Primarily, it is about litigation before the professional, administrative and social courts, as well as defending compensation claims, preparation and implementation of practice sales, and medical device law issues. These are further important fields of our activity in the sector of medical law.

Q. Dr. Fehn, would you want to trade in your black lawyer's robe for a white doctor's coat today, if you were a physician, too?

First of all, I have to explain that I am not a physician. My research doctorate in theoretical medicine is not to be equated with having studied medicine. This Ph.D., my second one, is called doctor rerum medicinalium, not doctor medicinalis in Latin. It is not built on what you call a Medical Doctor or M.D., just as I am really a Juridical Doctor or J.D., having been awarded with a diploma by the University of Cologne. In Germany, you call it graduate lawyer. So the University of Cologne consequently awarded me the first Ph.D. after my research doctorate in law, which I studied first.

Since law is a science subject, which is useful and necessary to support the medical subject, the medical profession calls it auxiliary science, some universities – just like the Witten/Herdecke University – allow qualified lawyers and other scientists to conduct research in medical issues without having studied medicine before. Here, you have to draw a bow from a scientific medical question to the subject you have studied, in my case law, during doctoral studies in the fields of medicine and the own auxiliary science. Thus, I was just an auxiliary scientist (laughs).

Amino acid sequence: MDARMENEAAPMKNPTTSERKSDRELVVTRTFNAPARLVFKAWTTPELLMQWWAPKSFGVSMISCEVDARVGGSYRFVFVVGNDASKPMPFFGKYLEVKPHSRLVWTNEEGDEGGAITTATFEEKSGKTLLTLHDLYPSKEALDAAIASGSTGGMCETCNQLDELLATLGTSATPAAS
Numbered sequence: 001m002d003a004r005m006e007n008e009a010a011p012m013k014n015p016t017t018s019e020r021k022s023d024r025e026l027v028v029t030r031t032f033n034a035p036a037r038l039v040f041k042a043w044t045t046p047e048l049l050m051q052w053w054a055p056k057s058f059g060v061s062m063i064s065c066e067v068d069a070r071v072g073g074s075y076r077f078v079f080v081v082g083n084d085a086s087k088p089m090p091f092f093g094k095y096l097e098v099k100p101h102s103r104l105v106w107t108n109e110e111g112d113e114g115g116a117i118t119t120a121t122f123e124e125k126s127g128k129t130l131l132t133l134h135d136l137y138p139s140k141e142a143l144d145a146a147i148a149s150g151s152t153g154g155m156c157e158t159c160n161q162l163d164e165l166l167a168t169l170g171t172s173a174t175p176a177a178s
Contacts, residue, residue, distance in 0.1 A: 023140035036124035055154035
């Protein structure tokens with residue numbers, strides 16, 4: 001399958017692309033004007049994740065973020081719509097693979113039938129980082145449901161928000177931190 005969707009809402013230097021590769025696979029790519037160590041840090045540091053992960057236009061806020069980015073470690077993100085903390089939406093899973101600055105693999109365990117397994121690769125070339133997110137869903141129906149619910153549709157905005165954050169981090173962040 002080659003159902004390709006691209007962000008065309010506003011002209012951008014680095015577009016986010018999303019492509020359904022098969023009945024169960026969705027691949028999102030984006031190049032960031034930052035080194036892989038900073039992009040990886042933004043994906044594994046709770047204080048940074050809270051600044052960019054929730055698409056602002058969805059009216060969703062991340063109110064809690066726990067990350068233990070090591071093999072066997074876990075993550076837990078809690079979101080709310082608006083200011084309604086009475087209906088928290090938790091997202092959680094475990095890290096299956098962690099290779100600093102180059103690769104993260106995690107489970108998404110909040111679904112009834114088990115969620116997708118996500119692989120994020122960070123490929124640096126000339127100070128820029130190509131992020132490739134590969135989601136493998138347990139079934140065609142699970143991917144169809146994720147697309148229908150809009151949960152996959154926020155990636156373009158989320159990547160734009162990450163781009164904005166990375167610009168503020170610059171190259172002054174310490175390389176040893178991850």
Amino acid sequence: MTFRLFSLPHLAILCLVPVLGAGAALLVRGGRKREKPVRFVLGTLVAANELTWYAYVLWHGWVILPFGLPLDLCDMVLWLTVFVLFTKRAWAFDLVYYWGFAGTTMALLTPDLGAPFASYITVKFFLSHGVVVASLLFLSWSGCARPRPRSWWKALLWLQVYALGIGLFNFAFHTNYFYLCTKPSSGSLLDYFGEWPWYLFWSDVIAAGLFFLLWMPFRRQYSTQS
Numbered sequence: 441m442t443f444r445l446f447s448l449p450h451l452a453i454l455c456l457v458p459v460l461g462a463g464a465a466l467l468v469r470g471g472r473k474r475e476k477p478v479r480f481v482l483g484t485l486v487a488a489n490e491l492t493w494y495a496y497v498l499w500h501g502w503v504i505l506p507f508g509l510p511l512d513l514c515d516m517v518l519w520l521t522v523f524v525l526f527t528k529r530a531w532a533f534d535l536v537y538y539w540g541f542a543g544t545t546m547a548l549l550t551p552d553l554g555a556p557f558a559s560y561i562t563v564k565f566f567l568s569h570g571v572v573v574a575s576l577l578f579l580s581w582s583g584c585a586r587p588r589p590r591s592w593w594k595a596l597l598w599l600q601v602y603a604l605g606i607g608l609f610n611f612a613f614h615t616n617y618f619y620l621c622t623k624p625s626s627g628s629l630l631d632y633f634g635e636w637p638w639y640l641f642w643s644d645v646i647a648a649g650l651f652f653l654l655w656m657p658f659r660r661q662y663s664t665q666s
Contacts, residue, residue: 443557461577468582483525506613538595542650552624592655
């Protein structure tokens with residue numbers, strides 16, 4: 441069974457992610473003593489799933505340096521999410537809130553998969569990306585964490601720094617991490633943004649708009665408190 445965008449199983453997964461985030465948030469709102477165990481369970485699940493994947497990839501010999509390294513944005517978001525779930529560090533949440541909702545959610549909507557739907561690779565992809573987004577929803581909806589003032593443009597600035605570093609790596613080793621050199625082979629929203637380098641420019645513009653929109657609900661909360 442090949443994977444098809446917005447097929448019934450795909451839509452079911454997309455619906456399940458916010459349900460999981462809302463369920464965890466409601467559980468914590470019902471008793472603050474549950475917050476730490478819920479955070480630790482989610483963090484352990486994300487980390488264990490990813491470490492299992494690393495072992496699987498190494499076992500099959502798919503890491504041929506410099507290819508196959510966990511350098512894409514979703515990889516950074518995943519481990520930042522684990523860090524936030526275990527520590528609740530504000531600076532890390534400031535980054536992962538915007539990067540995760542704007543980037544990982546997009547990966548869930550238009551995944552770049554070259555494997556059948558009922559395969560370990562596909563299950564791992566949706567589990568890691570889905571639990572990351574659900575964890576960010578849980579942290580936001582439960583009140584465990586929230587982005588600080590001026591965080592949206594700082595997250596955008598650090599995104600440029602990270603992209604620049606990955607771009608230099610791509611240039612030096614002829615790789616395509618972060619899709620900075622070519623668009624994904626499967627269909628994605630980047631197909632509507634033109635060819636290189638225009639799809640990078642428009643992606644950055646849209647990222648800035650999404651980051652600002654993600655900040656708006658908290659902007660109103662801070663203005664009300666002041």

To finally answer your question, I wouldn't want to be an assistant physician or senior physician in a clinical hierarchy today. And even as a chief physician, you also have other tasks that I wouldn't necessarily want to be involved in. Since the same applies to the judiciary, public prosecution and public administration, I left the civil service in 2015 as a senior official.In 2016, I realized the advantages of a freelance profession for me. So if anything, I would have been a practicing physician. However, I am very happy to do forensic work as an attorney. I enjoy to help my clients to the best of my ability. Assuming responsibility for the legal interests of our physicians, dentists, veterinarians, pharmacists, clinics, and biotechnology companies is demanding and fulfilling. I really like to work with them. I don‘t need a white doctor’s coat for this (laughs).

“I always wanted to be a physician or a lawyer. That's how I got a part in medicine.”